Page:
3. You're helping to save a historical Cleveland landmark
Each year, the Burning River Fest proceeds go to the Burning River Foundation, which uses the funds for causes related to Cleveland's waterfront resources. This year, the Foundation will be allocating the proceeds to the historic Coast Guard Station - the very building that takes center stage at the Burning River Fest.
Get an up-close and personal look at how you are directly impacting important restoration efforts in Cleveland by checking out the Chef Demos that will be taking place inside the Coast Guard Station. This is the only event that takes place at the historical landmark, which was built in 1940 and was known as the "most beautiful" in the nation at its opening.
2. Two Nights, Two Stages, 18 Bands
Well, it wouldn't be a music festival without the music. And, good thing you're in Cleveland (aka "The Birthplace of Rock and Roll").
With a gorgeous backdrop, Burning River Fest will serve up two stages for live music. (1) There's the Station Stage, which is the largest and sits at the Coast Guard Station along Lake Erie and the Cuyahoga River. (2) Then, there's the Acoustic Stage nearby where you can enjoy some great Lake Erie breezes.
The 18 local and regional bands will perform a variety of genres: blues and soul, folk, rock reggae and Americana. Don't be shy - we encourage dancing and singing along!
1. Be the first to try a new Great Lakes Beer!
If there's one thing locals know, it's that nothing says "Cleveland" quite like a tall pint of Great Lakes Brewing Company's beer. Whether it's the Great Lakes Oktoberfest or the fest's namesake Burning River Pale Ale, the beer will be flowing and you can wash down your favorite food truck fixings with a brew from GLBC.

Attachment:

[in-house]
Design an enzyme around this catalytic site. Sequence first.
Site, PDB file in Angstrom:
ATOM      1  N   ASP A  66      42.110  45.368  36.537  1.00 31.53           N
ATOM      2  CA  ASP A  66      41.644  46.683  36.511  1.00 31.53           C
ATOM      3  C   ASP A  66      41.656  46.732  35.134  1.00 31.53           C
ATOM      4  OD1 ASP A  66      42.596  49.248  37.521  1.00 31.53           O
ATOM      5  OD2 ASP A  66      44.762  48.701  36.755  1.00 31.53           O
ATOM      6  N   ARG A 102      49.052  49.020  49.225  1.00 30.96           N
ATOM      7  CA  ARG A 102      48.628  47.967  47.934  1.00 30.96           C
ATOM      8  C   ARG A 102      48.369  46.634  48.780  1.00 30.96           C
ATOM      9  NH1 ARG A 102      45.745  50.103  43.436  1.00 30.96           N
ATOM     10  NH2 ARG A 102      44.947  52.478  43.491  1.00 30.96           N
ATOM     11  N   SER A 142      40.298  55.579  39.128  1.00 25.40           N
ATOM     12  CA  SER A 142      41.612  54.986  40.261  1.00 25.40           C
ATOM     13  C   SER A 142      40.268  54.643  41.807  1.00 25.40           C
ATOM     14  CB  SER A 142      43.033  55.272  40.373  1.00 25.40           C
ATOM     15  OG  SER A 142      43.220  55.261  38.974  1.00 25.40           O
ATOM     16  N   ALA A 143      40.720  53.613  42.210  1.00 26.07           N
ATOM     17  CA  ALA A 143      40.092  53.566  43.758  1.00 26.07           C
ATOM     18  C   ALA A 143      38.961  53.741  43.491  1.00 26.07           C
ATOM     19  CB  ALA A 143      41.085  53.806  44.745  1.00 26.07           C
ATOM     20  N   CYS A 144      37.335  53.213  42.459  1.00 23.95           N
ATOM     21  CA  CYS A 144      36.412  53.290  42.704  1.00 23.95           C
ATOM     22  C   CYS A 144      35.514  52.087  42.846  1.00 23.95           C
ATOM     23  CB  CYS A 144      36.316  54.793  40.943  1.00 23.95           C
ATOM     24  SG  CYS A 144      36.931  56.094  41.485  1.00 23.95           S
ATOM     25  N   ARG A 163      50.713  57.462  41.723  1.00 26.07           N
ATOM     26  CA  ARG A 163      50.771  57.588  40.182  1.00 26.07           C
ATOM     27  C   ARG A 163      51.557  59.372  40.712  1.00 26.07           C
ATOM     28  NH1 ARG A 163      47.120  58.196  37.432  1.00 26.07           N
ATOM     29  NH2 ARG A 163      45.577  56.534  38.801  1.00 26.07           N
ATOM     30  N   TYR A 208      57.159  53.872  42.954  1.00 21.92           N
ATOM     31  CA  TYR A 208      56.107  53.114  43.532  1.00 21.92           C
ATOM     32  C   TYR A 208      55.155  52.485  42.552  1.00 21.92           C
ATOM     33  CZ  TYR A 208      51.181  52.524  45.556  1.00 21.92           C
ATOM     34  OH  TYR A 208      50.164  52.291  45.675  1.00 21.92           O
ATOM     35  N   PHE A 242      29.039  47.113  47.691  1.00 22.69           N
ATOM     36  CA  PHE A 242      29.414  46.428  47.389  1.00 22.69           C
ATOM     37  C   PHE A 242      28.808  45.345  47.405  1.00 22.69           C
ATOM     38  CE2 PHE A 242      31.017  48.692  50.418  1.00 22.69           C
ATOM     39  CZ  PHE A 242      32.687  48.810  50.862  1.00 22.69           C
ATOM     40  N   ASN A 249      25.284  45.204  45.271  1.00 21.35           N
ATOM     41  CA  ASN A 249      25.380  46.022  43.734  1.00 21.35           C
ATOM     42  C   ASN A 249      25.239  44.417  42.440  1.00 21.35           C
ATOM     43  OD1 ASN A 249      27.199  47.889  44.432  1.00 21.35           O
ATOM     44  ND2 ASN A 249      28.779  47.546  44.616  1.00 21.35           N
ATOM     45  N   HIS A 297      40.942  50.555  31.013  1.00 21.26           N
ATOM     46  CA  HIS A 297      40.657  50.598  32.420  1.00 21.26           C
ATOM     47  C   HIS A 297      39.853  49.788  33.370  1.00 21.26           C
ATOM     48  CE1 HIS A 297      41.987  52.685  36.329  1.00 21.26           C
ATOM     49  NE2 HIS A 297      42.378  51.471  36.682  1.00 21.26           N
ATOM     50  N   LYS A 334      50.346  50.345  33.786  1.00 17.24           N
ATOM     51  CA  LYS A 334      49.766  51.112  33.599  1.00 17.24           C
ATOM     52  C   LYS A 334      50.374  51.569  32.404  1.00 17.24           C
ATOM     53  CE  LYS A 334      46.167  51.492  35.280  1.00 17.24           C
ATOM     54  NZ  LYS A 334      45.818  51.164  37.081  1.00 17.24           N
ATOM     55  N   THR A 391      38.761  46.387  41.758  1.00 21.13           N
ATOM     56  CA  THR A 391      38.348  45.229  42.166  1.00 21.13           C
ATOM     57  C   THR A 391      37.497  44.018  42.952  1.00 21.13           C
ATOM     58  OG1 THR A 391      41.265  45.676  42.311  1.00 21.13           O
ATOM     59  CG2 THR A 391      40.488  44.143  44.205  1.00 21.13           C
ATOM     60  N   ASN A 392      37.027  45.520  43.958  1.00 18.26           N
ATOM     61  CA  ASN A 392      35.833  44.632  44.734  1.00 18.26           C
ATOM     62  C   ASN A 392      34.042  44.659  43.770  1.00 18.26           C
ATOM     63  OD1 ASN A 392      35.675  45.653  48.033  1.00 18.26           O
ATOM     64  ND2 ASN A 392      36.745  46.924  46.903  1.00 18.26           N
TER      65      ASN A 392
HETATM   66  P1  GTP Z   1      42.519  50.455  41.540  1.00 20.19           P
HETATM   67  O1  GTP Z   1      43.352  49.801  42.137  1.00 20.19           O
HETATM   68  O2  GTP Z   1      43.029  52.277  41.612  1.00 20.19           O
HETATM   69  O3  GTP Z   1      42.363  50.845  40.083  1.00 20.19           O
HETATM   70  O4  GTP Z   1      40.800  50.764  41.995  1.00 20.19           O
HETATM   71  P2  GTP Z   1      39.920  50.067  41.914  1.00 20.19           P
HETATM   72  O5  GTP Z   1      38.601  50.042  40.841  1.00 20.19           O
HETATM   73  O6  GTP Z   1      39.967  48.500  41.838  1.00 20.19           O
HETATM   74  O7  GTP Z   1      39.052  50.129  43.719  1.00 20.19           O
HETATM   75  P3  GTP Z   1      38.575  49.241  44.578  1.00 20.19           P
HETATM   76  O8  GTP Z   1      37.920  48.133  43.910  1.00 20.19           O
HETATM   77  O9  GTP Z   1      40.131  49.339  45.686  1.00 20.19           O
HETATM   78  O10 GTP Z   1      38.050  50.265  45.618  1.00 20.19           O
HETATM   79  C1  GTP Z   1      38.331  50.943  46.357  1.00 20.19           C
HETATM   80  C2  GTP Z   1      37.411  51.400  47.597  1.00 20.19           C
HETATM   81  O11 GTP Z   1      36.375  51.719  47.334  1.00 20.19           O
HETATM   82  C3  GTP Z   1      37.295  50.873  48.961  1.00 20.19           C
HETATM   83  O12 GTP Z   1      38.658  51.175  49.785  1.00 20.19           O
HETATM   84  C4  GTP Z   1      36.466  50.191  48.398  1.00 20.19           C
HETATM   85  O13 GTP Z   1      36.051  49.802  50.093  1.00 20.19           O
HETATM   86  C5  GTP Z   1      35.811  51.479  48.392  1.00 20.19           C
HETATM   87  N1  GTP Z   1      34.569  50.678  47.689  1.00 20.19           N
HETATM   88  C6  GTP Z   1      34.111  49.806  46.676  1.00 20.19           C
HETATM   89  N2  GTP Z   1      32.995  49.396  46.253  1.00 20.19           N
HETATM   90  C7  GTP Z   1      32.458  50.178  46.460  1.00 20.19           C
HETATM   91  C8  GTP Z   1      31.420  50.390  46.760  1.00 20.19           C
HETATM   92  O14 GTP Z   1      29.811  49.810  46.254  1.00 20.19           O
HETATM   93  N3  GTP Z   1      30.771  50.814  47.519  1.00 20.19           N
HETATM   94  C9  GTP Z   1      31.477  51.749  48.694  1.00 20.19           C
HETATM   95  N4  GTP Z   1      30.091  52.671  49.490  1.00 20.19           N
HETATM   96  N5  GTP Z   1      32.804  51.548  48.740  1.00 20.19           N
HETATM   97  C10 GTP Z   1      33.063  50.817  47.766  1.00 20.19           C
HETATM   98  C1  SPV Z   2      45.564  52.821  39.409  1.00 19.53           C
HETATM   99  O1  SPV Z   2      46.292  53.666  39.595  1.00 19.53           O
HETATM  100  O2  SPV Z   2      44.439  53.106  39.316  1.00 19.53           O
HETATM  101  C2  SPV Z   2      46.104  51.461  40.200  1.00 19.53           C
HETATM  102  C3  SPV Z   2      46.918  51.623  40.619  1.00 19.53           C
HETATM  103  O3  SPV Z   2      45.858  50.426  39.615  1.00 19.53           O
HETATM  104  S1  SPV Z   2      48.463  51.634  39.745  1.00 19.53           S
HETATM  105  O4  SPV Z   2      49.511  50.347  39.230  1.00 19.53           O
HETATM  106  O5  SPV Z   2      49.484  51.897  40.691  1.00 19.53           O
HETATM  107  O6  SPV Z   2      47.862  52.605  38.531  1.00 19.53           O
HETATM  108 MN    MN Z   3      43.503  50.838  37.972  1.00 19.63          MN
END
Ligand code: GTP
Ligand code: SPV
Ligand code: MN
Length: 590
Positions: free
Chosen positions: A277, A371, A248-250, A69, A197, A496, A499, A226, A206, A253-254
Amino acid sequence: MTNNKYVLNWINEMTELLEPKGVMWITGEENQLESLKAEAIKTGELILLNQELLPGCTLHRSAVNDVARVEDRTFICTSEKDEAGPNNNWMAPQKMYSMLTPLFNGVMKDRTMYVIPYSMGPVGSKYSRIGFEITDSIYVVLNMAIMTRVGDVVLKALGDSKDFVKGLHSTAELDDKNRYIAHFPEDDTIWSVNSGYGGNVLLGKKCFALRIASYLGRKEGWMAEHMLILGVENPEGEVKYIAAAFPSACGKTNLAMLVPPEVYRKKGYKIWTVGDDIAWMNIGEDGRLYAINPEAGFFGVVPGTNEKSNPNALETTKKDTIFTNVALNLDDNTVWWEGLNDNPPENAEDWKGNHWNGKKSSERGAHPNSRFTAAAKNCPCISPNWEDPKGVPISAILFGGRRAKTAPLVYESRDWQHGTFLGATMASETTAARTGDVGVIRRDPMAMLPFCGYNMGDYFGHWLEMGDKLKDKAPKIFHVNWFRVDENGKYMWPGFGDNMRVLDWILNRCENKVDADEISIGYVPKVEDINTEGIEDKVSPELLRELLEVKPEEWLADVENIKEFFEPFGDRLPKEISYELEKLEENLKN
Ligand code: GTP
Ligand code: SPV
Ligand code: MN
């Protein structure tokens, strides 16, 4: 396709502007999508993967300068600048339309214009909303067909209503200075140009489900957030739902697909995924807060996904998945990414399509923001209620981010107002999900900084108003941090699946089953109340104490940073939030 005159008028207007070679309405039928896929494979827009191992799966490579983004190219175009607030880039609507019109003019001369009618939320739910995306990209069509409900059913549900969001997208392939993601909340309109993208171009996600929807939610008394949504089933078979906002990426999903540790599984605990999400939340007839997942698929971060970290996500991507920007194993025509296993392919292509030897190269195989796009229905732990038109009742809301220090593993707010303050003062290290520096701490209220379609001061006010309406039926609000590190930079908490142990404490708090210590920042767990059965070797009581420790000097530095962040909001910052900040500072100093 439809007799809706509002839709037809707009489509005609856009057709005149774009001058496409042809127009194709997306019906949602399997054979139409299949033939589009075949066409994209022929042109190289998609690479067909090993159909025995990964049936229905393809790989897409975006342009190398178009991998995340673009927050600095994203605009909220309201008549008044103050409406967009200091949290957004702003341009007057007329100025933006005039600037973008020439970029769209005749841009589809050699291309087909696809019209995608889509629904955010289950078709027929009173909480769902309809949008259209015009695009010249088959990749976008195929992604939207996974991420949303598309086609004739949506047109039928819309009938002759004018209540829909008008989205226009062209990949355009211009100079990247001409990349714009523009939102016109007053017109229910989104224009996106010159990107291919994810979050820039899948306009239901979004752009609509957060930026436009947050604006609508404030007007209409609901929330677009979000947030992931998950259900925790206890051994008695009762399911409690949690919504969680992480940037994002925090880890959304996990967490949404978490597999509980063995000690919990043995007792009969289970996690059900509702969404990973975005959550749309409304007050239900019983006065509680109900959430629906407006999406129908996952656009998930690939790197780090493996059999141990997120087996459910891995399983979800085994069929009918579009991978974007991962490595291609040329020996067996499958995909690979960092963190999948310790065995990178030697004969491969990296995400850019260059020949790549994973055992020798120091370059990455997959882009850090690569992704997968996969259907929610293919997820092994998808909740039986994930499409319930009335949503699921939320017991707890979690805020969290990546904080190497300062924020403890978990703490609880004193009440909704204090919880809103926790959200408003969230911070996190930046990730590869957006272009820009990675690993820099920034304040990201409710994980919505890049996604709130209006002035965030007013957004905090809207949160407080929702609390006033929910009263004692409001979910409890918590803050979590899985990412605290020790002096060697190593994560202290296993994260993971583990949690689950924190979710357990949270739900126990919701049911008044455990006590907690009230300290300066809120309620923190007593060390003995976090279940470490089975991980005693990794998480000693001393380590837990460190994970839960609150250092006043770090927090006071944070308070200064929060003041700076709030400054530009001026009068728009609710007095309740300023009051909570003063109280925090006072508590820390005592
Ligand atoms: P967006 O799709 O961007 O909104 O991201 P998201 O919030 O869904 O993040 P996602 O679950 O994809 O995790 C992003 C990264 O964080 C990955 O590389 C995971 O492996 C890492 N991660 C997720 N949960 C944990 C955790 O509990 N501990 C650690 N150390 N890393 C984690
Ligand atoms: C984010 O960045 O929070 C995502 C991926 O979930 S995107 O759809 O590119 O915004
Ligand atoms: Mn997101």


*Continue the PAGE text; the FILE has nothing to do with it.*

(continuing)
But wait, there's more...
This year, Great Lakes will be debuting a brand new beer at Burning River Fest. Yeah, that's happening, and we are stoked. It's top-secret until the unveiling at the fest, so we can't even give you a hint of what it is, but judging by the beers that GLBC has put out in the past, you're not going to want to miss this one. Score bragging rights by trying it before your friends.
Get Started Planning
*Wait, the river caught on fire? What's that all about?
Back in the ‘60s, Cleveland's waterways suffered from the city's manufacturing past. The Cuyahoga River, specifically, was overcome with intense pollution and, frankly, was in bad shape.
Like many polluted waterways around the country at the time, the oil slicked debris and industrial waste on these rivers often caught fire when met with flame.
In 1969, Cleveland's Cuyahoga River experienced one such fire. One thing led to another and a jarring image of the Cuyahoga River on fire made its way to the cover of Time magazine.
Cleveland's mayor at the time, who also was the first African American mayor of a major U.S. city, Carl Stokes, made a commitment to clean up Cleveland's waterways. It is believed that all the attention on Cleveland, Mayor Stokes and the Cuyahoga River was the reason the 1972 Clean Water Act came to be, as well as how the Environmental Protection Agency was created.
Today, the Cuyahoga River serves as an example of how a city can turn around the health of major waterway. The working river is now a popular spot for boating, watersports, rowing and other water enthusiasts.